Personal injury cases can be some of the most confusing civil cases to resolve. The process of determining whether you receive compensation or not is complicated in a personal injury case, simply because it’s often difficult to prove one way or another. That being said, the legal system uses the term “negligence” to decide whether the defendant was at fault or not. So if you’ve filed a personal injury claim, your lawyer will be looking to show the judge that the person you filed against, whether that be a property owner or your employer, acted negligently.

What exactly constitutes negligence?

Well, in order to prove negligence, a personal injury attorney has to identify four specific aspects of the incident:

  • Duty of Care
  • Breach of Duty
  • Causation
  • Damages

We’ll explain each of these as they relate to a personal injury claim so that you know exactly what’s going on with your case:

Duty of Care

First and foremost, the plaintiff, or the person making the claim, has to prove that the defendant had a legal duty of care towards the plaintiff. In the case of a grocery store, for example, the owner has a loose legal duty of care to their shoppers, in that they are required to take “reasonable” steps to ensure their grocery store is safe for customers.

In most cases, this means they should take precautions to avoid injuries by regularly checking for spills and wet floors, and they should not place heavy objects precariously on high shelves. Regardless of where the injury happened, your attorney will have to prove that you and the plaintiff had some sort of relationship that constituted a reasonable duty of care.

Breach of Duty

After showing that your relationship to the defendant dictated some duty of care, your attorney will have to show that the defendant did not live up to that duty of care. Using the same example, we’ll say that the grocery store owner did not check for spills for an entire week, and you slipped in a puddle of laundry detergent. In that case, your attorney can say that the grocery owner breached their duty of taking “reasonable” steps to ensure their grocery store was safe because they didn’t clean up the spill for a week, something any other grocery store owner would have done in a few hours. The grocery store owner who did not clean up the spill allowed a dangerous situation to persist for an inordinate amount of time, which the court identifies as a breach of duty.

Causation

Once it’s clear that the defendant did breach their duty of care and created a dangerous situation, your attorney has to prove that the dangerous situation directly caused your injury. In most cases, once the attorney has shown that there was a breach of duty, it’s clear that the defendant was negligent. But this does not justify your claim unless their negligence was the only cause of your injury.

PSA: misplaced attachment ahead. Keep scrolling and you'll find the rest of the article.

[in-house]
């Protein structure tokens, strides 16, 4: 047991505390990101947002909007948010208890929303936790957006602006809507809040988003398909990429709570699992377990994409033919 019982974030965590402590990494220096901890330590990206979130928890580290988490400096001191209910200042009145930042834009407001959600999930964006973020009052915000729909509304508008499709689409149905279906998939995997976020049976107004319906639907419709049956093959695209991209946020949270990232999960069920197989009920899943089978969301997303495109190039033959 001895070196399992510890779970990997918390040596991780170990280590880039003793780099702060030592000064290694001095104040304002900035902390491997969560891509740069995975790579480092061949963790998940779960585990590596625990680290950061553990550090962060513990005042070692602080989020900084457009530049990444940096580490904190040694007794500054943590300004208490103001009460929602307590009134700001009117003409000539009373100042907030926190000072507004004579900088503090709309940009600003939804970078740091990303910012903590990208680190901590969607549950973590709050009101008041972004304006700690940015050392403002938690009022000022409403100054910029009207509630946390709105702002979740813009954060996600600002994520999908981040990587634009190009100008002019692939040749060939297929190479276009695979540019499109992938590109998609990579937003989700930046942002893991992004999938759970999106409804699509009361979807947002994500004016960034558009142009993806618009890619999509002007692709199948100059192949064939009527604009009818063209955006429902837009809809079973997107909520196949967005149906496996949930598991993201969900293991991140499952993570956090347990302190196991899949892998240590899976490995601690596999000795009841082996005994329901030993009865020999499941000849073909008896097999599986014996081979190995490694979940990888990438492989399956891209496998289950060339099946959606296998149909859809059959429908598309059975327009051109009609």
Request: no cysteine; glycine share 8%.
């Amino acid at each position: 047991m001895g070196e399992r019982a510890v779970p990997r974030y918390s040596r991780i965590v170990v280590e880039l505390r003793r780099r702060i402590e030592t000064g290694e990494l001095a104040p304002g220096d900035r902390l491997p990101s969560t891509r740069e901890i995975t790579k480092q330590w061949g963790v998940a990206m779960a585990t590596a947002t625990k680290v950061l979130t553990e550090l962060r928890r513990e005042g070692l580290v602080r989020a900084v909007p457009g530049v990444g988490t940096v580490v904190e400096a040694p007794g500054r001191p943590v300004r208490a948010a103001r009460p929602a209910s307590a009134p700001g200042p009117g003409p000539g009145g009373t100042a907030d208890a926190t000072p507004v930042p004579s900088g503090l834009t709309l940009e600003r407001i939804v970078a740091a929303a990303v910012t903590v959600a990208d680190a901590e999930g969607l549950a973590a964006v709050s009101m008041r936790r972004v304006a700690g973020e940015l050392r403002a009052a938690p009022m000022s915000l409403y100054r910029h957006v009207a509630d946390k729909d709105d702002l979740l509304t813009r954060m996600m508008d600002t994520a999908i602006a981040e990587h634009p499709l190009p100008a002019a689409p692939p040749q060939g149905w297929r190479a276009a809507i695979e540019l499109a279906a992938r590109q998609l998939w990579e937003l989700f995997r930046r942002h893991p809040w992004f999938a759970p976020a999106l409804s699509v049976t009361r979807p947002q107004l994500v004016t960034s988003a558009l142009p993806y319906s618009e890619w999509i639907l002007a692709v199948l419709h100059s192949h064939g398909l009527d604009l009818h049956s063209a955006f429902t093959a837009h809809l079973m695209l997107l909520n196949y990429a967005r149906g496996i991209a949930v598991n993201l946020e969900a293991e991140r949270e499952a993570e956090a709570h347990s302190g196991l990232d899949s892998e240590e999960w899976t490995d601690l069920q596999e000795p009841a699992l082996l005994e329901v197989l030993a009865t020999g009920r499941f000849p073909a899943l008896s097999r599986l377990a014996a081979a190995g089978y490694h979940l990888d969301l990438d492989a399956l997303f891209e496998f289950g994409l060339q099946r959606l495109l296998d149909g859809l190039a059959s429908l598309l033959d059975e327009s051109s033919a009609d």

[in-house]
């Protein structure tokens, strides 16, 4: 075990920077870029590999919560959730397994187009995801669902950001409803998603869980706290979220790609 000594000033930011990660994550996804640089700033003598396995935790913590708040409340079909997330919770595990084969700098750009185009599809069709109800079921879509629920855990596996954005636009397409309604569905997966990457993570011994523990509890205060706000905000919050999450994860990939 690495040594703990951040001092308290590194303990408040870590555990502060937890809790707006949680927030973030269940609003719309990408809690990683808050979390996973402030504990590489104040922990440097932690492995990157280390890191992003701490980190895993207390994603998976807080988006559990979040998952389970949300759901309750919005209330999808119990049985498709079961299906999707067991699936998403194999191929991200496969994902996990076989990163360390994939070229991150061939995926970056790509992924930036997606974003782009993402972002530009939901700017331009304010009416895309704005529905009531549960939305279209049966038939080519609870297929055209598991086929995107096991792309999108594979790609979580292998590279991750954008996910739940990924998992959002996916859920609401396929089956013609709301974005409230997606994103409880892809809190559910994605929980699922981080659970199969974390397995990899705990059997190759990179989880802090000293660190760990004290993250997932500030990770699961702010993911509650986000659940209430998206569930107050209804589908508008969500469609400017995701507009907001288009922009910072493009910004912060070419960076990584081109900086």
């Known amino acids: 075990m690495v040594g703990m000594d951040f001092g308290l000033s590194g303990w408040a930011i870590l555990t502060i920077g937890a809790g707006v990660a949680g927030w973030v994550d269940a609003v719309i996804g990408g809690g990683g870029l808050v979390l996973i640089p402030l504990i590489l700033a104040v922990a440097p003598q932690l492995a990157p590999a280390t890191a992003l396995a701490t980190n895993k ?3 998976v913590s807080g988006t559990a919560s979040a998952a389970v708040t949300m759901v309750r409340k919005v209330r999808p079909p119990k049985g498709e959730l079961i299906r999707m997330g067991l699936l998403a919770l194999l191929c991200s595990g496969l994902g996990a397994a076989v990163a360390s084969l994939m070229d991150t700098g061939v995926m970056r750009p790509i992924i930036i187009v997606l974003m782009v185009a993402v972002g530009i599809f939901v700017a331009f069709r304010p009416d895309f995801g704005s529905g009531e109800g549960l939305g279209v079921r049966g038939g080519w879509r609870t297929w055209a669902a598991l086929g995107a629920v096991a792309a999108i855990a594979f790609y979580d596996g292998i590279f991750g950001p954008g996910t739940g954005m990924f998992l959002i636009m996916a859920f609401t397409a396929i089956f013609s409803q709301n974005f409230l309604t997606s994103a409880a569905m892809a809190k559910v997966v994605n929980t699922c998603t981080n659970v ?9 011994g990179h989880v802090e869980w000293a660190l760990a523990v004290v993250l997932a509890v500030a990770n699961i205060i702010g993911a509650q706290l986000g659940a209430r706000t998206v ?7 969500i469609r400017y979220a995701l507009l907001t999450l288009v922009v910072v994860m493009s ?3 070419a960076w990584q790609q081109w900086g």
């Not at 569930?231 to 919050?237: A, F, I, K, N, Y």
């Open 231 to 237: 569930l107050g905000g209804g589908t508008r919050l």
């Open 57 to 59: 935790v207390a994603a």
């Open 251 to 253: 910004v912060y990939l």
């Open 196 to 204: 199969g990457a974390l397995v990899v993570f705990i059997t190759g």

Say, for example, that you were running backward through the aisle, and slipped in the puddle of laundry detergent. In this case, the court might find that it was not only the store owner’s fault that you slipped and fell, but also partially your own fault, for acting carelessly. So to collect on a personal injury claim, it’s important that your attorney prove causation: that your injury was directly caused by the defendant’s breach of care.

Damages

Finally, once your attorney has established duty of care, breach of care, and causation, they will state your damages. Obviously, to claim a personal injury settlement, some sort of provable injury has to have been sustained. Whether you fell and hit your head, or broke an arm, you have to be able to show that this is the injury that was caused by the negligence of the defendant. In most cases, your medical records will serve as significant proof of your injuries sustained.

Your attorney will then state the amount of compensation you are requesting for your injuries. Referred to as damages, this includes any medical bills that resulted from the injury, as well as any emotional damages suffered. When it comes time to negotiate your actual settlement, the amount of compensation you receive will be the biggest dispute. No matter how the negotiations go, if your attorney has successfully proven negligence, it’s likely that you will receive some sort of monetary compensation.

Personal injury and negligence claims are confusing and can be difficult to prove. If you have questions about your personal injury, or if you’re not sure you can file a claim, call the Epstein Law Firm today! We’ve been in the business for decades, and we’re happy to answer any questions you might have. As always, an initial consultation with us is free. Give our office a call at 773-522-7000, or submit a request for your free consultation online today!

Get Legal Help
close slider
  • :